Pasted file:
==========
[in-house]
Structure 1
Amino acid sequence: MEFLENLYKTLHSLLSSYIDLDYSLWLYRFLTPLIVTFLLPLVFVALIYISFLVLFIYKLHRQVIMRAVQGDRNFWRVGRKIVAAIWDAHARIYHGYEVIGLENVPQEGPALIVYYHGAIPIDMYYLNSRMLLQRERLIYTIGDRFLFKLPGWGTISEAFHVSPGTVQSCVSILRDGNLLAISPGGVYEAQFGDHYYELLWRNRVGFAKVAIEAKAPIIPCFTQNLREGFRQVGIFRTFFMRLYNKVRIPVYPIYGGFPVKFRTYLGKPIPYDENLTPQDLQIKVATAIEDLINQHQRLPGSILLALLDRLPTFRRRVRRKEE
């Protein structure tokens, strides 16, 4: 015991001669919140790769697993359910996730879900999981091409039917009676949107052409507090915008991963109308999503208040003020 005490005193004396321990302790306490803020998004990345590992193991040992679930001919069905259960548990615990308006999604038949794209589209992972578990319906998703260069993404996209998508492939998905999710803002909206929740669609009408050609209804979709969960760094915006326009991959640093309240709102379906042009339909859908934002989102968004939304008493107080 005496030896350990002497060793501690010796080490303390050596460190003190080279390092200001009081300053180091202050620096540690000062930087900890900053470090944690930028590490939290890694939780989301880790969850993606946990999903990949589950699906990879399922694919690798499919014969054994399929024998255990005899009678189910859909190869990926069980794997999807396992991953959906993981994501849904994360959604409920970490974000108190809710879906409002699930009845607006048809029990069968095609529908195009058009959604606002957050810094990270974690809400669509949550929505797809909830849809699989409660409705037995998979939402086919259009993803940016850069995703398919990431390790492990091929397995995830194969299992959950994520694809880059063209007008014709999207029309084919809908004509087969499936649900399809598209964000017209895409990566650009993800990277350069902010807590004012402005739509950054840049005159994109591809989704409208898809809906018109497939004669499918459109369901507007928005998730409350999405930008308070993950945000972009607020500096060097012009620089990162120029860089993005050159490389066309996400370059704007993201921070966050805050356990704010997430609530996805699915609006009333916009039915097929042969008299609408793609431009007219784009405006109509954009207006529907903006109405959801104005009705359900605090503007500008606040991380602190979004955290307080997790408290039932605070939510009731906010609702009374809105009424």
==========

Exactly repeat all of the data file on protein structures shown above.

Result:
[in-house]
Structure 1
Amino acid sequence: MEFLENLYKTLHSLLSSYIDLDYSLWLYRFLTPLIVTFLLPLVFVALIYISFLVLFIYKLHRQVIMRAVQGDRNFWRVGRKIVAAIWDAHARIYHGYEVIGLENVPQEGPALIVYYHGAIPIDMYYLNSRMLLQRERLIYTIGDRFLFKLPGWGTISEAFHVSPGTVQSCVSILRDGNLLAISPGGVYEAQFGDHYYELLWRNRVGFAKVAIEAKAPIIPCFTQNLREGFRQVGIFRTFFMRLYNKVRIPVYPIYGGFPVKFRTYLGKPIPYDENLTPQDLQIKVATAIEDLINQHQRLPGSILLALLDRLPTFRRRVRRKEE
């Protein structure tokens, strides 16, 4: 015991001669919140790769697993359910996730879900999981091409039917009676949107052409507090915008991963109308999503208040003020 005490005193004396321990302790306490803020998004990345590992193991040992679930001919069905259960548990615990308006999604038949794209589209992972578990319906998703260069993404996209998508492939998905999710803002909206929740669609009408050609209804979709969960760094915006326009991959640093309240709102379906042009339909859908934002989102968004939304008493107080 005496030896350990002497060793501690010796080490303390050596460190003190080279390092200001009081300053180091202050620096540690000062930087900890900053470090944690930028590490939290890694939780989301880790969850993606946990999903990949589950699906990879399922694919690798499919014969054994399929024998255990005899009678189910859909190869990926069980794997999807396992991953959906993981994501849904994360959604409920970490974000108190809710879906409002699930009845607006048809029990069968095609529908195009058009959604606002957050810094990270974690809400669509949550929505797809909830849809699989409660409705037995998979939402086919259009993803940016850069995703398919990431390790492990091929397995995830194969299992959950994520694809880059063209007008014709999207029309084919809908004509087969499936649900399809598209964000017209895409990566650009993800990277350069902010807590004012402005739509950054840049005159994109591809989704409208898809809906018109497939004669499918459109369901507007928005998730409350999405930008308070993950945000972009607020500096060097012009620089990162120029860089993005050159490389066309996400370059704007993201921070966050805050356990704010997430609530996805699915609006009333916009039915097929042969008299609408793609431009007219784009405006109509954009207006529907903006109405959801104005009705359900605090503007500008606040991380602190979004955290307080997790408290039932605070939510009731906010609702009374809105009424």